The doctors who attended Ecuadorian President Rafael Correa while he was in the hospital during the “coup” last Thursday have made a public statement saying that Correa was not kidnapped (link in Spanish) while in the hospital, contradicting Correa’s claim that he was kidnapped.
Doctors Gilberto Calle y Fernando Vargas asked him twice to leave, but Correa refused. While in the hospital, Correa was in constant telephone contact with people outside the hospital, he received his supporters, and there was no one preventing him from leaving.
Mahmoud Ahmadinejad may have been one of the people Correa was calling over the phone; The Tehran Times reports that Correa and Ahmadinejad talked on Thursday. The question remains at what time of day or night did the call take place.
It all amounts to Crying Wolf in Quito:
The protestors he argued with were cops who’d just had their voluntary, dollar-denominated pensions slashed and their severances replaced by bonds in a nonexistent currency to be issued by a state famous for its serial defaults.
Of course it was a tinderbox situation. Based on Correa’s budgetary mismanagement and overspending, the protests swiftly spread to other cities, giving the appearance of an uprising. As for Correa himself, he took refuge in a police hospital, then yelled he’d been kidnapped in a coup d’etat.
It was ridiculous. Though the president was blocked by protestors, nobody bothered him inside, and Correa continued to bark commands from his cell phone and stand on the hospital balcony, hardly the sort of thing real Latin American kidnappers permit.
“If you want to kill me, kill me,” he said, dramatically ripping off his necktie and opening his shirt. He was hauled back to the palace by the military by bedtime.
Sorry as this banana-republic spectacle was, it smacked more of a protest gone bad than a real coup. The problem, though, is that the U.S. and the international community swiftly stepped forward in Correa’s defense as a “democratic” leader, despite the fact that he’s done more to damage democracy and lay the groundwork for protests and coups than anyone before him.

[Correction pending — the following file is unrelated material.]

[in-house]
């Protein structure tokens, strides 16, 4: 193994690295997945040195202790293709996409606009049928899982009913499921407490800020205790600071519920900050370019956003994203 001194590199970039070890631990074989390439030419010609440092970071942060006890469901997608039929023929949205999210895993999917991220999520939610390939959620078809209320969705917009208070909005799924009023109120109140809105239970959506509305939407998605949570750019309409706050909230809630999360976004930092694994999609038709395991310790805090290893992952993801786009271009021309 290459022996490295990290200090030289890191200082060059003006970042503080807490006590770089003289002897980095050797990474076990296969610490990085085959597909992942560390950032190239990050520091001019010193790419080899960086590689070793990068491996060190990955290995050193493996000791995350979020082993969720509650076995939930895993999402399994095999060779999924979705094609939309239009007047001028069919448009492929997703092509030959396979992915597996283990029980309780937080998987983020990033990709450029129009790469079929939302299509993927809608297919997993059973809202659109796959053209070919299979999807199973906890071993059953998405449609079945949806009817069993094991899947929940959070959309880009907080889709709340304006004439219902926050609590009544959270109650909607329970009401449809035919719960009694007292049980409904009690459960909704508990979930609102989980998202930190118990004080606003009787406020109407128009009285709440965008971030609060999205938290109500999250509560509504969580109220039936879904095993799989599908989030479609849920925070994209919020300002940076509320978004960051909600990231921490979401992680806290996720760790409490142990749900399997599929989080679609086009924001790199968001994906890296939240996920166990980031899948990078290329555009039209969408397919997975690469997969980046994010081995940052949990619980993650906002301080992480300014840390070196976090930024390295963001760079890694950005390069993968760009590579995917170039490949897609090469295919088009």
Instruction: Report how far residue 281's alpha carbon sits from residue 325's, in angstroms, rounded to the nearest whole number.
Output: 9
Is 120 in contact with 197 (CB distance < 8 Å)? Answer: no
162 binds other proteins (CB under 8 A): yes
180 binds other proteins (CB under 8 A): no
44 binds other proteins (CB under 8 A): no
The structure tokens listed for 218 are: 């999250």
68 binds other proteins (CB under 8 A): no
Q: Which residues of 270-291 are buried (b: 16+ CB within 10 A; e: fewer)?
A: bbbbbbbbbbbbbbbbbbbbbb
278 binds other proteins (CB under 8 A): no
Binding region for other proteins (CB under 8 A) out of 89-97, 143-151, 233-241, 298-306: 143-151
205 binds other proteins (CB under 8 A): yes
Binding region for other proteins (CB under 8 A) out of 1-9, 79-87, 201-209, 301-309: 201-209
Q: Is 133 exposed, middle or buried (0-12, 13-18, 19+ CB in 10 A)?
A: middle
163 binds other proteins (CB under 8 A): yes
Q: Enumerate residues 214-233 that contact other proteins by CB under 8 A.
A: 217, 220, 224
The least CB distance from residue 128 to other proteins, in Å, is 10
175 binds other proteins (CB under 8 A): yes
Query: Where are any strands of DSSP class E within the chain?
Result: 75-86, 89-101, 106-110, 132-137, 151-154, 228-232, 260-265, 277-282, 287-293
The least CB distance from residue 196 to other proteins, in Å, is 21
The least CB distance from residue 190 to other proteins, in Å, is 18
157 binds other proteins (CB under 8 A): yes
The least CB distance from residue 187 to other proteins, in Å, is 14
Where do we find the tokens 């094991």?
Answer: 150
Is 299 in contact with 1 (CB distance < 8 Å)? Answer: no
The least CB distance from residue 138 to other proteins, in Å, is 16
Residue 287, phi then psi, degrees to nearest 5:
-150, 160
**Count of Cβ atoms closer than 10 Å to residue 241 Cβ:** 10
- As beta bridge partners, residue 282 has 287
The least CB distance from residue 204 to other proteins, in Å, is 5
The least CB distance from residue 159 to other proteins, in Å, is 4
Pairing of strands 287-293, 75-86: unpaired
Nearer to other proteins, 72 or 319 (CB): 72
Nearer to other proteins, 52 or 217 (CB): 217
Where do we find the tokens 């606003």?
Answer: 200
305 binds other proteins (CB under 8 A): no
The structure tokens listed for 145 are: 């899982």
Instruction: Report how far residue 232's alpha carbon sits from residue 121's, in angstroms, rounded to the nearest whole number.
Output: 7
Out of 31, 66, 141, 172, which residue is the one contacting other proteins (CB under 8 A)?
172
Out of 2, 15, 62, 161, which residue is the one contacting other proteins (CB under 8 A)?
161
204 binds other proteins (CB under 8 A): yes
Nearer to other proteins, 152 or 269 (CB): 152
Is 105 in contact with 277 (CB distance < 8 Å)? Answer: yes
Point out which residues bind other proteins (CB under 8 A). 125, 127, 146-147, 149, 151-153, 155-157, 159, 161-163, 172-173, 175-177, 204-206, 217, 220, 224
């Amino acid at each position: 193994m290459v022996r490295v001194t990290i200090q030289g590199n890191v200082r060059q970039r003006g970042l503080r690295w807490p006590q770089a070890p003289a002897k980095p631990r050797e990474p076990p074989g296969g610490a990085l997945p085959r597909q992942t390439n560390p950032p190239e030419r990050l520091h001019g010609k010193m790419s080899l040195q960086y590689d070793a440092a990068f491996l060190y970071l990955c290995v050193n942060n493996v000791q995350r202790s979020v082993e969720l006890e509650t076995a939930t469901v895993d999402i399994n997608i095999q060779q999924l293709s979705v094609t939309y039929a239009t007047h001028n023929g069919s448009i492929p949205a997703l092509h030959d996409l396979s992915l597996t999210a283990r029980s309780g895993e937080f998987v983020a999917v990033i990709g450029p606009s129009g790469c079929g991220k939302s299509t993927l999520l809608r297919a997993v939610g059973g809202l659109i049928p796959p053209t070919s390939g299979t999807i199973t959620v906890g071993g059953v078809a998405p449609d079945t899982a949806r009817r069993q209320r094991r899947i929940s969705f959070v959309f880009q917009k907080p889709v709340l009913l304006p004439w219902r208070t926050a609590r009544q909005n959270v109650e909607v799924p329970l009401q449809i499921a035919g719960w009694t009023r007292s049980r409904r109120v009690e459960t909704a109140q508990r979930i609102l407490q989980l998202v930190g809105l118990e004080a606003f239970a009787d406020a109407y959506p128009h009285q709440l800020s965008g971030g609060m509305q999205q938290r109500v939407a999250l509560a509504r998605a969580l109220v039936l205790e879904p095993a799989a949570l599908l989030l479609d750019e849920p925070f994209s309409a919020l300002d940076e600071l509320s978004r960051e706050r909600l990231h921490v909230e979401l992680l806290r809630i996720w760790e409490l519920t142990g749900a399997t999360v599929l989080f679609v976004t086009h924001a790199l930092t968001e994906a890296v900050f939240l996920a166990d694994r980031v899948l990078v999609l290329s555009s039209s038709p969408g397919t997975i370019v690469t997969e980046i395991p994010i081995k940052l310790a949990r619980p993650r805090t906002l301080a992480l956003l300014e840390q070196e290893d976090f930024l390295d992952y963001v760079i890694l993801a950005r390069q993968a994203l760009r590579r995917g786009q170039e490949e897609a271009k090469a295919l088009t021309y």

“The United States deplores violence and lawlessness, and we express our full support for President Rafael Correa and the institutions of democratic government in that country,” Secretary of State Hillary Clinton said while Latin leaders held an emergency meeting in Buenos Aires.
It followed the template of Correa’s patron, Venezuela’s Hugo Chavez, who declared a “coup” even before Correa did.
Tyrants like Chavez and Correa not only provoke rebellions by damaging democracy. They also demand that the world rally behind them as “democrats” when the inevitable trouble rolls in.
Correa has had plans to dissolve Congress and rule by decree for some time and has a clear path to act. With the U.S. behind him under the false flag of democracy, he now may succeed.
That’s exactly what Correa will do:
Failed coup strengthens Ecuador President’s hand (emphasis added)
Ecuadorean President Rafael Correa may use last week’s failed police uprising to consolidate his power and deepen planned changes that will expand his control over South America’s seventh-biggest economy.
The government, which wants to change at least 31 laws, including industrial, financial, labour, water and land regulations, had been emboldened by public support for the President during the chaos that swept the nation, central bank chief Diego Borja said.
“This gives us much more energy to deepen changes,” Mr Borja said in an interview on state television. “Now we can really move the citizens’ revolution forward on all fronts.”